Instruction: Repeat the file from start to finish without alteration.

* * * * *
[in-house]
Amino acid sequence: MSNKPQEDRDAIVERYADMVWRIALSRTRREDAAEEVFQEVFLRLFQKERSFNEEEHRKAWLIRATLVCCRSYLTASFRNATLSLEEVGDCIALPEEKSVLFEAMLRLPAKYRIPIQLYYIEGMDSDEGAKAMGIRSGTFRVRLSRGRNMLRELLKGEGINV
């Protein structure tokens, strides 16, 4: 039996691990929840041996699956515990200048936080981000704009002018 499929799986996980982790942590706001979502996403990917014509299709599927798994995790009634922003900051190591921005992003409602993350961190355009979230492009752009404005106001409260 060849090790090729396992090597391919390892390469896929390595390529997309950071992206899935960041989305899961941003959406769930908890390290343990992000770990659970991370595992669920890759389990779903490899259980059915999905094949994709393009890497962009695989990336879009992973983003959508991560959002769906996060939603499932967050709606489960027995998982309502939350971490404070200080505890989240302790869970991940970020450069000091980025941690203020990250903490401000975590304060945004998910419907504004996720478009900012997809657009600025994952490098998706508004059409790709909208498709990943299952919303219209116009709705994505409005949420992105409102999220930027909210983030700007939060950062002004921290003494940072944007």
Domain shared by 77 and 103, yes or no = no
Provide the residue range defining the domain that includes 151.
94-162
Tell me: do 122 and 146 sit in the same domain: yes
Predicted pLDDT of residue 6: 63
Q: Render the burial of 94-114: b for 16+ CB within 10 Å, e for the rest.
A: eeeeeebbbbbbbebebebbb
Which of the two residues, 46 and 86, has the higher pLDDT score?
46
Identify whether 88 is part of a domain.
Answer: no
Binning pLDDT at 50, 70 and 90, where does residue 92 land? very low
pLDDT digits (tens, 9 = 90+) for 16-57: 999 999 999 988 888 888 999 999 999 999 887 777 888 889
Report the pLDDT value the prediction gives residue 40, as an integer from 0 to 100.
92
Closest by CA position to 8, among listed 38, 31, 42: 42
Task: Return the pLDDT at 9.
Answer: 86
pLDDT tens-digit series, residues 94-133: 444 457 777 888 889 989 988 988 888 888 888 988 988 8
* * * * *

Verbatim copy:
[in-house]
Amino acid sequence: MSNKPQEDRDAIVERYADMVWRIALSRTRREDAAEEVFQEVFLRLFQKERSFNEEEHRKAWLIRATLVCCRSYLTASFRNATLSLEEVGDCIALPEEKSVLFEAMLRLPAKYRIPIQLYYIEGMDSDEGAKAMGIRSGTFRVRLSRGRNMLRELLKGEGINV
């Protein structure tokens, strides 16, 4: 039996691990929840041996699956515990200048936080981000704009002018 499929799986996980982790942590706001979502996403990917014509299709599927798994995790009634922003900051190591921005992003409602993350961190355009979230492009752009404005106001409260 060849090790090729396992090597391919390892390469896929390595390529997309950071992206899935960041989305899961941003959406769930908890390290343990992000770990659970991370595992669920890759389990779903490899259980059915999905094949994709393009890497962009695989990336879009992973983003959508991560959002769906996060939603499932967050709606489960027995998982309502939350971490404070200080505890989240302790869970991940970020450069000091980025941690203020990250903490401000975590304060945004998910419907504004996720478009900012997809657009600025994952490098998706508004059409790709909208498709990943299952919303219209116009709705994505409005949420992105409102999220930027909210983030700007939060950062002004921290003494940072944007």
Domain shared by 77 and 103, yes or no = no
Provide the residue range defining the domain that includes 151.
94-162
Tell me: do 122 and 146 sit in the same domain: yes
Predicted pLDDT of residue 6: 63
Q: Render the burial of 94-114: b for 16+ CB within 10 Å, e for the rest.
A: eeeeeebbbbbbbebebebbb
Which of the two residues, 46 and 86, has the higher pLDDT score?
46
Identify whether 88 is part of a domain.
Answer: no
Binning pLDDT at 50, 70 and 90, where does residue 92 land? very low
pLDDT digits (tens, 9 = 90+) for 16-57: 999 999 999 988 888 888 999 999 999 999 887 777 888 889
Report the pLDDT value the prediction gives residue 40, as an integer from 0 to 100.
92
Closest by CA position to 8, among listed 38, 31, 42: 42
Task: Return the pLDDT at 9.
Answer: 86
pLDDT tens-digit series, residues 94-133: 444 457 777 888 889 989 988 988 888 888 888 988 988 8